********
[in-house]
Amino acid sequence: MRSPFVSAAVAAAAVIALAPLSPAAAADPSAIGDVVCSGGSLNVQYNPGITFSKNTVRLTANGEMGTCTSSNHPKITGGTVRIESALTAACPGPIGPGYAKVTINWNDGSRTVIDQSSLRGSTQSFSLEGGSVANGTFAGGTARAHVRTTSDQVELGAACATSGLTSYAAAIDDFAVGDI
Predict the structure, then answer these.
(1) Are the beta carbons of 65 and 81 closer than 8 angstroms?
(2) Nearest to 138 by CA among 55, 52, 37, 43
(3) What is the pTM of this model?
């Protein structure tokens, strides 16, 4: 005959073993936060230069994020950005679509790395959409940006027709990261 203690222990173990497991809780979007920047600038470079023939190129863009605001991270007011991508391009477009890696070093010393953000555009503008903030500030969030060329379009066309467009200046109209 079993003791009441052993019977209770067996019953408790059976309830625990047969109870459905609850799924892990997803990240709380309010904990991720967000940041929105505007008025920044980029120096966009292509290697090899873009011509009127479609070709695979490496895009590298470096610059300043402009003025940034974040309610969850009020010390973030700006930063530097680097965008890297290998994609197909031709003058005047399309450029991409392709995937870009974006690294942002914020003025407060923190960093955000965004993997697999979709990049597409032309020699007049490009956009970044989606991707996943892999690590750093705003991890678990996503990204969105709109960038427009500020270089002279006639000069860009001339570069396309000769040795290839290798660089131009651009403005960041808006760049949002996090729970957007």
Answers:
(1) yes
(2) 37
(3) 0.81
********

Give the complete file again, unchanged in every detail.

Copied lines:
[in-house]
Amino acid sequence: MRSPFVSAAVAAAAVIALAPLSPAAAADPSAIGDVVCSGGSLNVQYNPGITFSKNTVRLTANGEMGTCTSSNHPKITGGTVRIESALTAACPGPIGPGYAKVTINWNDGSRTVIDQSSLRGSTQSFSLEGGSVANGTFAGGTARAHVRTTSDQVELGAACATSGLTSYAAAIDDFAVGDI
Predict the structure, then answer these.
(1) Are the beta carbons of 65 and 81 closer than 8 angstroms?
(2) Nearest to 138 by CA among 55, 52, 37, 43
(3) What is the pTM of this model?
């Protein structure tokens, strides 16, 4: 005959073993936060230069994020950005679509790395959409940006027709990261 203690222990173990497991809780979007920047600038470079023939190129863009605001991270007011991508391009477009890696070093010393953000555009503008903030500030969030060329379009066309467009200046109209 079993003791009441052993019977209770067996019953408790059976309830625990047969109870459905609850799924892990997803990240709380309010904990991720967000940041929105505007008025920044980029120096966009292509290697090899873009011509009127479609070709695979490496895009590298470096610059300043402009003025940034974040309610969850009020010390973030700006930063530097680097965008890297290998994609197909031709003058005047399309450029991409392709995937870009974006690294942002914020003025407060923190960093955000965004993997697999979709990049597409032309020699007049490009956009970044989606991707996943892999690590750093705003991890678990996503990204969105709109960038427009500020270089002279006639000069860009001339570069396309000769040795290839290798660089131009651009403005960041808006760049949002996090729970957007």
Answers:
(1) yes
(2) 37
(3) 0.81